Site reports for three demonstration projects for sustainable stormwater management in Los Angeles.
Although cities consume huge amounts of natural resources and produce waste that is then converted into pollution, we can no longer write off cities as having nothing to offer the sustainability movement. Given the urgency of confronting climate change, rapidly increasing levels of respiratory disease in urban populations, the worldwide ubiquity of water quality and supply issues, and the compromised state of nearly every natural ecosystem on earth, it’s time for cities to lead the way and share our best-tested ideas for healing the planet. It’s also time to share what hasn’t worked.
TreePeople has a long history of utilizing evaluation of its events and innovations – whether tree plantings, speaking engagements, community workshops or youth education programs – as the quickest path to strengthening and improving our programs and the organization itself. In each situation, we seek to learn what worked, what didn’t and how to do better next time. This method has helped build TreePeople into a thriving community-based institution.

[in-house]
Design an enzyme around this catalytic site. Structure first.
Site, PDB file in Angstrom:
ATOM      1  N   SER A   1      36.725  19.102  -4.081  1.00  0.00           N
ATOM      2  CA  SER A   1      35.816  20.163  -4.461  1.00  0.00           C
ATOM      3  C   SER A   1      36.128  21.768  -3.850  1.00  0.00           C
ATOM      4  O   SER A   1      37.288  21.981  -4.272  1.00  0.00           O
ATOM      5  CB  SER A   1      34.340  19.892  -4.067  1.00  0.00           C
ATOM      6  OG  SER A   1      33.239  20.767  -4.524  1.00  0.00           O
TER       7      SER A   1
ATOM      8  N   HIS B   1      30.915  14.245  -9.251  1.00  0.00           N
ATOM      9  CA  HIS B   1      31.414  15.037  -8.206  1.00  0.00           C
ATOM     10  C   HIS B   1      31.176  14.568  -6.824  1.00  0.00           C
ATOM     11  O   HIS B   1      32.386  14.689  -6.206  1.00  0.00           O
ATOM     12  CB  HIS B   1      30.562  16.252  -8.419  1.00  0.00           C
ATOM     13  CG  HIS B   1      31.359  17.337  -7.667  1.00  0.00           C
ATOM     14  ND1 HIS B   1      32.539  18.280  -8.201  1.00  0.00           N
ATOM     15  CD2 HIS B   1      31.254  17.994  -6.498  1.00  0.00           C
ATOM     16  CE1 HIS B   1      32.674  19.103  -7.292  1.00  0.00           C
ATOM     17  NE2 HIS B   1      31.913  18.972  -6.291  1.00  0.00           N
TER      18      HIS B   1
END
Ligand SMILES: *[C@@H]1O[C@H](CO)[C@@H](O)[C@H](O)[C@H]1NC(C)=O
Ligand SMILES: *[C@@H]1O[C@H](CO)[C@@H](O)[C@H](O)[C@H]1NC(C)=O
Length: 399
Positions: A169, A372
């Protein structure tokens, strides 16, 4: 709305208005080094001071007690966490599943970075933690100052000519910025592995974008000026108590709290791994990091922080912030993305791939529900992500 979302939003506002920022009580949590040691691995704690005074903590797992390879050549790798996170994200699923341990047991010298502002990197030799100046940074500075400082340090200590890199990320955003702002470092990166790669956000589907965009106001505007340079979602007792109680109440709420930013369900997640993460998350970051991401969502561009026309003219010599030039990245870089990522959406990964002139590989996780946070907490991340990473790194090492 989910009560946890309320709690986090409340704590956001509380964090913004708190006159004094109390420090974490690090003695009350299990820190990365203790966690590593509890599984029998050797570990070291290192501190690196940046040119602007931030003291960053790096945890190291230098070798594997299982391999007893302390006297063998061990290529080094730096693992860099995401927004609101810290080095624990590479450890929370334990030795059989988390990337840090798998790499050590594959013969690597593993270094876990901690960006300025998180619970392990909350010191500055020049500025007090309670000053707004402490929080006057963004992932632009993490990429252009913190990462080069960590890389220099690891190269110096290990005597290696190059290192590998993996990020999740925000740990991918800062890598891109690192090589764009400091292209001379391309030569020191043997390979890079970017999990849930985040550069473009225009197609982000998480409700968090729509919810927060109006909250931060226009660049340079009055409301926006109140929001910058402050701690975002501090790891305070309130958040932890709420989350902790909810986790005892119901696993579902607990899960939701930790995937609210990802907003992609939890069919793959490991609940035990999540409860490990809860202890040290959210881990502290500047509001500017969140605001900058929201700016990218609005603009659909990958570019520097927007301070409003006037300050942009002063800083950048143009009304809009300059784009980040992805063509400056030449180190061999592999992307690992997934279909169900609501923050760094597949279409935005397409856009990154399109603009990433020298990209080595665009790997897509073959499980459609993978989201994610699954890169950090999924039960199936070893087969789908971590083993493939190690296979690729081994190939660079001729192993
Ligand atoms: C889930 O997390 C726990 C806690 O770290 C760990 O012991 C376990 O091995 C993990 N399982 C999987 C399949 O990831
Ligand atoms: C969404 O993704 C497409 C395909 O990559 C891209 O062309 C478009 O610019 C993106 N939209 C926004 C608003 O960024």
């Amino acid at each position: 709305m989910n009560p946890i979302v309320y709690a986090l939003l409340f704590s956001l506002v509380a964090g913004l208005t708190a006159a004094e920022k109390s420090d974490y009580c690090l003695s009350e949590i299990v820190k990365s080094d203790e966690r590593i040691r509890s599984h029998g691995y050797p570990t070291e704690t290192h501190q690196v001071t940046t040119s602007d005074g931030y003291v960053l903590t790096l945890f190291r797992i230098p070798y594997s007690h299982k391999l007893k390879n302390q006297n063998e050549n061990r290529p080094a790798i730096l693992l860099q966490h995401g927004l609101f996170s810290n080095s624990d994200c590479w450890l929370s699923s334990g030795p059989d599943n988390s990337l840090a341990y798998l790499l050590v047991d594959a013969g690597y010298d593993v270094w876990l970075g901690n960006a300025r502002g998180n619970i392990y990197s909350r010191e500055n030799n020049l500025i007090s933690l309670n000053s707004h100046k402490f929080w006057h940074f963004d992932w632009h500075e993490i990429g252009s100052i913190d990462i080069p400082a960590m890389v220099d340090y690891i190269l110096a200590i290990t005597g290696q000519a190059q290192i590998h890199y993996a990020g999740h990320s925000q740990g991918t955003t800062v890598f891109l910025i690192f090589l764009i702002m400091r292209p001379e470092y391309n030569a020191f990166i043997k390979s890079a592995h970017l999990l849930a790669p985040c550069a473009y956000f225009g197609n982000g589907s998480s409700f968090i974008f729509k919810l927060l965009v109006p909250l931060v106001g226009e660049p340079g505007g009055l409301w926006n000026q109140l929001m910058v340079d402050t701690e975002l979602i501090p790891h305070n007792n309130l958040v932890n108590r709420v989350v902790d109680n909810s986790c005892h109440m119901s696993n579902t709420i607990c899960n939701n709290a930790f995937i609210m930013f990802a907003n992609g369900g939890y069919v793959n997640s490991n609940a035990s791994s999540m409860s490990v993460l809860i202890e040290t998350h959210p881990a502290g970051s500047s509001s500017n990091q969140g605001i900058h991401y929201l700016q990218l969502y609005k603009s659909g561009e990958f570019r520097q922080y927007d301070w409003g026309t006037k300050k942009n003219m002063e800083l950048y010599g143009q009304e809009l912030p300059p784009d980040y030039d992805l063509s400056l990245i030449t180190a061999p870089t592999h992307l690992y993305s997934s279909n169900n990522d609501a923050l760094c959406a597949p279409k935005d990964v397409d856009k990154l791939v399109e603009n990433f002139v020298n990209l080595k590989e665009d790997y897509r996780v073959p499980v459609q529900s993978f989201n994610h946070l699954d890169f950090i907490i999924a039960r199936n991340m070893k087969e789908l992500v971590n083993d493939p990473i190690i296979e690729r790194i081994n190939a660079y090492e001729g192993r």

The integrated urban watershed management movement is still young, but there is urgency here in the United States and abroad driving adoption of these proposals and approaches. To bring these methods to wide-scale use means building, testing, demonstrating and learning from even more projects. Helping cities fight the causes of climate change and adapt to its consequences adds even more impetus. The U.S. Environmental Protection Agency has identified over $300 billion for nonintegrated water supply and wastewater projects for U.S. cities in the next 20 years. Those single-purpose projects will, for the most part, serve as Band-Aids without improving other related problems facing the cities that build them. (2007) By the Tree People, a Southern California non-profit.